Chris Paddack (SP – SD)
It doesn’t take much to convince most fantasy owners that Chris Paddack is a solid, trustworthy pitcher. The question is usually about what comes next. “Where can Paddack go from here?” Therein lies the value in targeting him now.
At 2-0 and with a sub-3.00 ERA, Paddack is technically improving on his rookie season. In fact, his FIP in 2020 is currently lower than his ERA from 2019 — 2.98 versus 3.33 — further suggesting that Paddack won’t suddenly crumble. The enticing part is that his strikeout rate is lagging behind the rest of his numbers. He’s actually one of only four players whose strikeout rate is lower than one-per-inning with a FIP below 3.00 and at least two starts.
There’s still room for Paddack to increase his value while holding one of the more stable floors in his price range.
Players to offer: Eloy Jimenez
Luis Castillo (SP – CIN)
It won’t be easy, but it’s worth paying up for Luis Castillo. There’s a small chance that you can use some of his numbers against him, but a savvy owner will see through it. Be that savvy owner.
Castillo is 0-1 with a 4.50 ERA in two starts. Not impressive, right? Not on the surface, anyway.
Everything changes when we look under the hood. Castillo’s FIP is an incredible 0.70, second in the league to only Shane Bieber — if you want to learn a fun fact, Bieber’s FIP is currently negative. Castillo’s strikeout rate ranks ninth as of this writing, and he has not allowed a home run. Why, then, is the ERA so bad?
In a word, Castillo has been “unlucky.” We don’t like to use luck as an excuse, but Castillo is striking out batters at a high rate and keeping the ball in the park. The problem is that he has allowed the second-highest BABIP in the league. Hitters are finding holes, and Castillo is paying the price.
This won’t continue forever. Buy Castillo now before his price rises dramatically.
Players to offer: Gleyber Torres
Julio Urias (SP/RP – LAD)
Much of what was written about Chris Paddack can be applied to Julio Urias, as Urias is one of the four aforementioned pitchers with at least two starts, a FIP under 3.00, and a strikeout rate of less than one-per-inning. Also like Paddack, Urias has a strikeout potential much higher than what he is currently delivering.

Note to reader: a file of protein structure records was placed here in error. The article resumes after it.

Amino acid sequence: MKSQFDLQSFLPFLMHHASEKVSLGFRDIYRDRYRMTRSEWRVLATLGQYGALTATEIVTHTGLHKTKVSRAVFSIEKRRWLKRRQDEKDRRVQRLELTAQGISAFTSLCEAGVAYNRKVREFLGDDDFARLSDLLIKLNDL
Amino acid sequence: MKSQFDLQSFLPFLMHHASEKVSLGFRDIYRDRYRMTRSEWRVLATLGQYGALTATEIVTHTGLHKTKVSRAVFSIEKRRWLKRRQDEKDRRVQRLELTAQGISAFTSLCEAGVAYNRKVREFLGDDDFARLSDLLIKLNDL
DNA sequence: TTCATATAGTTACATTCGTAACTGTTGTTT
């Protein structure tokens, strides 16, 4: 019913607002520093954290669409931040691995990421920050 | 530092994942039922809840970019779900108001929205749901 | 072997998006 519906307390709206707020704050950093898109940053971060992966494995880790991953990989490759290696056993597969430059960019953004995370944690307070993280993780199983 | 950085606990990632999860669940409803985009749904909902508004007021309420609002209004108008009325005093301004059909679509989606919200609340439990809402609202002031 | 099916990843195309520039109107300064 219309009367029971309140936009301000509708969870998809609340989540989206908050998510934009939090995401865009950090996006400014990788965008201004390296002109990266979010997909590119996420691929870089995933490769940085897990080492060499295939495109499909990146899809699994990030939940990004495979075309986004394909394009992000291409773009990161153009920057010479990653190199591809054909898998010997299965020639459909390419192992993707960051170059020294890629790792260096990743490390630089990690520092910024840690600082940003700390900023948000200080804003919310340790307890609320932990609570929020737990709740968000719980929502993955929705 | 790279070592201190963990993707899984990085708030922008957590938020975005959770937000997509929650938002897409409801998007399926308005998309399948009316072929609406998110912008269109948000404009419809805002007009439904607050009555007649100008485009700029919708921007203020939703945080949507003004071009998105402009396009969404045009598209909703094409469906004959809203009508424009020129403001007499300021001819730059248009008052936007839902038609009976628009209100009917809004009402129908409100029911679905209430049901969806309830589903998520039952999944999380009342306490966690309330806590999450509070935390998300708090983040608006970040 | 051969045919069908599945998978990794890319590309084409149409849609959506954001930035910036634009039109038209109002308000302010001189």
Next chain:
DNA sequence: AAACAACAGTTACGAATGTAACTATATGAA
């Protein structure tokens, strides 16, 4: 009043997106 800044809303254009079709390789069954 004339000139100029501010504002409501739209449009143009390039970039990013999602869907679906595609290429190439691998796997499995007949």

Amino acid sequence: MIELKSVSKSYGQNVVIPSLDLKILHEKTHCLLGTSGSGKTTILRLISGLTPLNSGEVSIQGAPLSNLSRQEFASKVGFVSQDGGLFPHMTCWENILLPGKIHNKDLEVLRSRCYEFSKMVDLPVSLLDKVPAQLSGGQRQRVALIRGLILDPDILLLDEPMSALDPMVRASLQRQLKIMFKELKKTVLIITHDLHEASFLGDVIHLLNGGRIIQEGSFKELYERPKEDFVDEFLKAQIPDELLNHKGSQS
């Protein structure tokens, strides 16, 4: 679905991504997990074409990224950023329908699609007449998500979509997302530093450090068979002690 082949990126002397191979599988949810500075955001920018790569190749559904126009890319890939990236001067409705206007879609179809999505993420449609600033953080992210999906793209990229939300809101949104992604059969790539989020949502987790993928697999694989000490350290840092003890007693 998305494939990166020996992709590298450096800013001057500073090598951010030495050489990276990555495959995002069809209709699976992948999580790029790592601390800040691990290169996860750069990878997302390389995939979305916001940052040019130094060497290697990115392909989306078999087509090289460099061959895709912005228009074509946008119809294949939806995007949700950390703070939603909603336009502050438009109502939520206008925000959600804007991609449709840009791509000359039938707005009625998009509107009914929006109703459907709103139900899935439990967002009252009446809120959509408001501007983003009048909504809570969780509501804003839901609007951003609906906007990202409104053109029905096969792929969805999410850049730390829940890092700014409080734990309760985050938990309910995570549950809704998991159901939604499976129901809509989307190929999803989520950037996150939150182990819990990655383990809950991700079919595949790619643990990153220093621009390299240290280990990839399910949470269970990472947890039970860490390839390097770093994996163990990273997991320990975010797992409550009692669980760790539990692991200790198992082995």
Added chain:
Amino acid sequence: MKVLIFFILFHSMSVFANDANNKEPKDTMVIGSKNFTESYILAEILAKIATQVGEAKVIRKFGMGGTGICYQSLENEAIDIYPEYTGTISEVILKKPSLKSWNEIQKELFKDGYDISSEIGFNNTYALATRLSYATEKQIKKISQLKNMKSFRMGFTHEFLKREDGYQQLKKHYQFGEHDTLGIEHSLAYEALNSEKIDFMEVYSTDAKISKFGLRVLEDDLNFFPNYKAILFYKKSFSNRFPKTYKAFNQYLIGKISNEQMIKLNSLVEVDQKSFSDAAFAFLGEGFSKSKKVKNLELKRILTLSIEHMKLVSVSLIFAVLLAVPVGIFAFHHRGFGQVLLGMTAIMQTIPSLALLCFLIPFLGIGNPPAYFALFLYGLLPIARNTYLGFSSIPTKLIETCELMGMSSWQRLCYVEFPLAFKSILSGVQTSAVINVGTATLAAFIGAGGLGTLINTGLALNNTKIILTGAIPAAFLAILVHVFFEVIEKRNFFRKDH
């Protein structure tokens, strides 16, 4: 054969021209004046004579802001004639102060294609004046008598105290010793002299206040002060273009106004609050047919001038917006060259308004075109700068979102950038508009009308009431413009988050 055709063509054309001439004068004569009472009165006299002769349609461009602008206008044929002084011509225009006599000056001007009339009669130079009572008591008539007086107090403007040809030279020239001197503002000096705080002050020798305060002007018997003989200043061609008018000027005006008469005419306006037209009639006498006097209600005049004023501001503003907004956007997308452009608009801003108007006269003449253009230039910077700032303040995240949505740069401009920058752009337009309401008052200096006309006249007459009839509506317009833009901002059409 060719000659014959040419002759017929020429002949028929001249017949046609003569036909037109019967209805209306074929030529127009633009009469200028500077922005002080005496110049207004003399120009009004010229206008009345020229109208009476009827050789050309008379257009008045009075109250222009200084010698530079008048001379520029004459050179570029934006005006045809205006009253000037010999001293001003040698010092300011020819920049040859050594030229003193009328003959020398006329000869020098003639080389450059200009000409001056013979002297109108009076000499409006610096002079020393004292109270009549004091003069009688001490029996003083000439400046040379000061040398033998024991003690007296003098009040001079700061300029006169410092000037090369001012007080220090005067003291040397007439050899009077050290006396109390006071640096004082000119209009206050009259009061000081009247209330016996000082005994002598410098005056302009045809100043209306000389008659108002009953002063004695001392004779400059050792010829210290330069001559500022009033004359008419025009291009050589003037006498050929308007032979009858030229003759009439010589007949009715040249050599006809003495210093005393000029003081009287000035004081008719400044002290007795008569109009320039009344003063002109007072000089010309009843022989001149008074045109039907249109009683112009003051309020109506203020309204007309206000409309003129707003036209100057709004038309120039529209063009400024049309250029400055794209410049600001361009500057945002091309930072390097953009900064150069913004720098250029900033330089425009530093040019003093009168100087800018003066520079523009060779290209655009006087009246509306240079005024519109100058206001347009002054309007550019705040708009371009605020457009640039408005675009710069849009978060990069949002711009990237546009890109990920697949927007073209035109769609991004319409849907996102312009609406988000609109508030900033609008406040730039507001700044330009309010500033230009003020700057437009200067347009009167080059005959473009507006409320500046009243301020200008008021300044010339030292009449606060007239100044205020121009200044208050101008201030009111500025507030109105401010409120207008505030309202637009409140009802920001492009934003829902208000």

Urias’ win potential remains strong thanks to the team for which he pitches, but the reality is that he is crafting his own resume quite nicely. His ERA is almost identical to where it finished in 2019, but his FIP is even better. As soon as his strikeout rate increases, his price will, as well. Don’t wait for that to happen, as he is already growing more valuable with each start.
Players to offer: DJ LeMahieu
Hitters to Sell
Christian Yelich (OF – MIL)
Yes, it’s crazy to sell Christian Yelich, but, as you’ll see with one of the pitchers listed, the goal of this column is to find players who are sinking and move them before their value gets lower. In Yelich’s case, we might have hit the bottom of his value. A rebound is likely. The reality, however, is that we paid a top-five pick for a player who has a long way to go to deliver on that price. If possible, why not pull the trigger and swap him for someone who is already performing?
Yelich will fetch a nice haul simply because it’s unlikely that he remains so cold. Someone will buy at a relative discount, but you would also be gaining a player of current equal value. In a 60-game season — now less than 50 for most teams — that’s crucial. If it takes Yelich another week or two to get back on track, it might actually be too late.
Be aggressive and see what return you can get for the former National League MVP.
Players to target: Max Scherzer
Eugenio Suarez (3B – CIN)